Memento mori | Inquirer Opinion

Memento mori

The Latin phrase “memento mori” means “Remember that you must die.” The phrase has its origins in ancient Rome, where it is believed that slaves accompanying generals on victory parades whispered the words as a reminder of their commander’s mortality, to prevent them from being consumed by hubris (excessive pride and self-confidence).

I once watched a series on Netflix called “Altered Carbon.” In that futuristic sci-fi world, humans had hard drives attached at the base of their brain, so that in case their current body dies from disease or accident, they could easily boot up their consciousness to another body. It’s basically a flash drive containing your entire personality.


This technology allowed people, particularly those who are wealthy and with means, to keep on changing their bodies and live for hundreds of years, basically becoming immortal in the process.

Sounds good, right? Humans have solved the problem of mortality. The proverbial fountain of life is in technology all along.


Well, the show didn’t think of it that way, because as it turns out, our mortality is an integral part of our humanity.

As the ancient Romans found out thousands of years ago, humans are prone to pride and hubris, and the only thing keeping the pride of people at bay is the thought that one day they would die. In the world of “Altered Carbon,” humans consumed by hubris no longer valued their lives. They made decisions recklessly, knowing that they could have everything replaced.

“Memento mori,” a reminder of mortality: At first, I thought, what a somber and melancholic quote. Why would I even want to think about this, yet alone meditate upon it or consider it in my everyday life. However, living in a historic event such as this pandemic has forced this thought on me, since everywhere we look, we are reminded of the fragility of human existence. We see it in the news, in our social media feeds, and for some of us, it hits close to home.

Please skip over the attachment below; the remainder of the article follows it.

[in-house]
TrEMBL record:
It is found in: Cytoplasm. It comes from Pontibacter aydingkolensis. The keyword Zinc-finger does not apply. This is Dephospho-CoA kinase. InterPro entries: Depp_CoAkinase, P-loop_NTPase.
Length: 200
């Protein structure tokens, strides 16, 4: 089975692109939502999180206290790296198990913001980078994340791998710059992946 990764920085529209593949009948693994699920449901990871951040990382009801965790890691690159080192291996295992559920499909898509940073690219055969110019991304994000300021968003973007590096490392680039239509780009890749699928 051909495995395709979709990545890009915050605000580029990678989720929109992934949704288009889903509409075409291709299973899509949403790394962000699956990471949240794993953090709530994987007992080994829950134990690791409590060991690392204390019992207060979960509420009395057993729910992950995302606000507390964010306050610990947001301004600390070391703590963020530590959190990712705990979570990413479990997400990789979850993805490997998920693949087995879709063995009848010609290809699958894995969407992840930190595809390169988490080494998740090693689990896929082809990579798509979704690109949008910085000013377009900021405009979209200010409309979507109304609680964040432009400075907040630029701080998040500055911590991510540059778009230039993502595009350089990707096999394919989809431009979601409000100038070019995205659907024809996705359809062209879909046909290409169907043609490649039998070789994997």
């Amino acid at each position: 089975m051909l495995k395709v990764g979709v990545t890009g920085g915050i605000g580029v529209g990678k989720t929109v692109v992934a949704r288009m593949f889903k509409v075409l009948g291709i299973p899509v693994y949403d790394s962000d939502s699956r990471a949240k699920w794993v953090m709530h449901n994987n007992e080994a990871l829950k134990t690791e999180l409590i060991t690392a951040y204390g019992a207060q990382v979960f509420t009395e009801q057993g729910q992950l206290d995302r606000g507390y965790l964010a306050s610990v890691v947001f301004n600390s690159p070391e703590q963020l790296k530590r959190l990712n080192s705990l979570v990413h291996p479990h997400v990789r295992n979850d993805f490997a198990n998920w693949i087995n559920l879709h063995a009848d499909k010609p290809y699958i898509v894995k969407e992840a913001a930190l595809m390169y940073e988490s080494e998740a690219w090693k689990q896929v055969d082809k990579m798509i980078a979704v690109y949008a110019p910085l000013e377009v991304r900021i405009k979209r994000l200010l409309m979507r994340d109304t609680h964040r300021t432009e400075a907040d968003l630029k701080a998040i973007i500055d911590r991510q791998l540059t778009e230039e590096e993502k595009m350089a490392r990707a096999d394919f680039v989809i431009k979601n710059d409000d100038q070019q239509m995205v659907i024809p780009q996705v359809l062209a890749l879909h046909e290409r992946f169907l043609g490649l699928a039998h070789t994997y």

Living through such a historic event, I am reminded of an ancient Chinese curse that one says to his enemy: “I hope that you live through interesting times.” Now that we are living through truly interesting times, I can fully appreciate the thought behind it.

In the past few months, I could not help but feel a sense of sadness or melancholy for people who were taken ahead of their time. People who could have gone on to fulfill their dreams, people who could have continued on to their retirement, people no longer able to meet their future families and grandchildren.

It was during these moments of sadness that I realized that “memento mori” is not such a bad reminder after all. In confronting death, we learn to celebrate life. Acknowledging the reality of death makes us cherish life even more. The bitter days make the sweet ones even sweeter. We learn to value each and every moment, not knowing if something will be repeated or if we will ever have the chance to do it again.

It’s a sobering reminder to take life one day at a time. Cherish the little things. Learn from our failures, don’t take them lightly, but know as well that they do not define us. Celebrate our success, but don’t rest on our laurels, for the beauty of life is that there will always be new challenges to face, new mountains to climb, and new worlds to conquer.


Although we should not strive for actual immortality, there is a way for us to achieve immortality in a symbolic way, and that is through our actions and how we are remembered for what we did in our lives. In the film “Gladiator,” Maximus said, “What you do in life echoes through eternity.” Great warriors and generals like Leonidas and Achilles asked their men, “Do you want to live forever?” And indeed their names are still being spoken of thousands of years after their death.

So in everything that I do, I remember that I am finite, I am limited. But I also remember that all my actions have repercussions, and hopefully they will be remembered gratefully and viewed positively by the people who will live after my time.

* * *

Salvador S. Fulgencio III, 27, obtained his Juris Doctor degree in 2019 from the San Beda College of Law Manila. He failed the 2019 Bar exams and is about to take it again soon, after resigning from his work in a law firm.

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TAGS: death, iimmortality, memento mori, Salvador S. Fulgencio III, Young Blood
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